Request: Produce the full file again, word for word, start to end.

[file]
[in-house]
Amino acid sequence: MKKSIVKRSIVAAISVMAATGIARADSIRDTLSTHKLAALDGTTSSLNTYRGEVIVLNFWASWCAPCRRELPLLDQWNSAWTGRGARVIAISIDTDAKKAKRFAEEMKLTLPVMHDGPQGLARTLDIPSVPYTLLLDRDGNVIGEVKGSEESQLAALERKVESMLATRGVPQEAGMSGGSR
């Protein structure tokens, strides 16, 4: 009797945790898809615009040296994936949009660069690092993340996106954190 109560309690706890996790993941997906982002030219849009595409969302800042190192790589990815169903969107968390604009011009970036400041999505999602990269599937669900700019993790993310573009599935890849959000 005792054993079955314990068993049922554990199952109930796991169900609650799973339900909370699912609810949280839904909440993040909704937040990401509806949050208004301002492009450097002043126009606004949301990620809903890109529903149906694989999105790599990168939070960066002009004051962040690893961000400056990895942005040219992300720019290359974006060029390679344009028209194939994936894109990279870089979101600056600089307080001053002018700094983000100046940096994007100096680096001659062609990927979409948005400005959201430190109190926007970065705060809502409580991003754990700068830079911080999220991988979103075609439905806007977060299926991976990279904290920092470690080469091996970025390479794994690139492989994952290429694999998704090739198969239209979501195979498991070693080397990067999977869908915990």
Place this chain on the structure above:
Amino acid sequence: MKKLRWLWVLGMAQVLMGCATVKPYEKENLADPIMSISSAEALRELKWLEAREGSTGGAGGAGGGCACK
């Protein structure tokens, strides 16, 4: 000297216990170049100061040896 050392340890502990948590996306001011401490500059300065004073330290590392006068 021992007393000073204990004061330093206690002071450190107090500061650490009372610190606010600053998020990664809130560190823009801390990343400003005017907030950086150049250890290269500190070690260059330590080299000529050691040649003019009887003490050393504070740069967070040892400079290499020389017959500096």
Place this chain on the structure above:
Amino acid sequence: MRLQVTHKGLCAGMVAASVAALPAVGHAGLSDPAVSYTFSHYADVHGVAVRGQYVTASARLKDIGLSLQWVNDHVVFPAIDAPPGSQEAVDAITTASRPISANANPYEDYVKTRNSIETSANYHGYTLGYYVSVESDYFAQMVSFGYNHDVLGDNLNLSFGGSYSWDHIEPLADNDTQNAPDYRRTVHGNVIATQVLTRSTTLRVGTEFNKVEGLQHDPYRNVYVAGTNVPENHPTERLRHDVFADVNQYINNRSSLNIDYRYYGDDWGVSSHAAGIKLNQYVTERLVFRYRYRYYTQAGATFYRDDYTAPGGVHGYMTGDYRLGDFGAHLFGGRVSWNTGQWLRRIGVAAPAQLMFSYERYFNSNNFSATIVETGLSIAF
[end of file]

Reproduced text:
[in-house]
Amino acid sequence: MKKSIVKRSIVAAISVMAATGIARADSIRDTLSTHKLAALDGTTSSLNTYRGEVIVLNFWASWCAPCRRELPLLDQWNSAWTGRGARVIAISIDTDAKKAKRFAEEMKLTLPVMHDGPQGLARTLDIPSVPYTLLLDRDGNVIGEVKGSEESQLAALERKVESMLATRGVPQEAGMSGGSR
């Protein structure tokens, strides 16, 4: 009797945790898809615009040296994936949009660069690092993340996106954190 109560309690706890996790993941997906982002030219849009595409969302800042190192790589990815169903969107968390604009011009970036400041999505999602990269599937669900700019993790993310573009599935890849959000 005792054993079955314990068993049922554990199952109930796991169900609650799973339900909370699912609810949280839904909440993040909704937040990401509806949050208004301002492009450097002043126009606004949301990620809903890109529903149906694989999105790599990168939070960066002009004051962040690893961000400056990895942005040219992300720019290359974006060029390679344009028209194939994936894109990279870089979101600056600089307080001053002018700094983000100046940096994007100096680096001659062609990927979409948005400005959201430190109190926007970065705060809502409580991003754990700068830079911080999220991988979103075609439905806007977060299926991976990279904290920092470690080469091996970025390479794994690139492989994952290429694999998704090739198969239209979501195979498991070693080397990067999977869908915990």
Place this chain on the structure above:
Amino acid sequence: MKKLRWLWVLGMAQVLMGCATVKPYEKENLADPIMSISSAEALRELKWLEAREGSTGGAGGAGGGCACK
């Protein structure tokens, strides 16, 4: 000297216990170049100061040896 050392340890502990948590996306001011401490500059300065004073330290590392006068 021992007393000073204990004061330093206690002071450190107090500061650490009372610190606010600053998020990664809130560190823009801390990343400003005017907030950086150049250890290269500190070690260059330590080299000529050691040649003019009887003490050393504070740069967070040892400079290499020389017959500096």
Place this chain on the structure above:
Amino acid sequence: MRLQVTHKGLCAGMVAASVAALPAVGHAGLSDPAVSYTFSHYADVHGVAVRGQYVTASARLKDIGLSLQWVNDHVVFPAIDAPPGSQEAVDAITTASRPISANANPYEDYVKTRNSIETSANYHGYTLGYYVSVESDYFAQMVSFGYNHDVLGDNLNLSFGGSYSWDHIEPLADNDTQNAPDYRRTVHGNVIATQVLTRSTTLRVGTEFNKVEGLQHDPYRNVYVAGTNVPENHPTERLRHDVFADVNQYINNRSSLNIDYRYYGDDWGVSSHAAGIKLNQYVTERLVFRYRYRYYTQAGATFYRDDYTAPGGVHGYMTGDYRLGDFGAHLFGGRVSWNTGQWLRRIGVAAPAQLMFSYERYFNSNNFSATIVETGLSIAF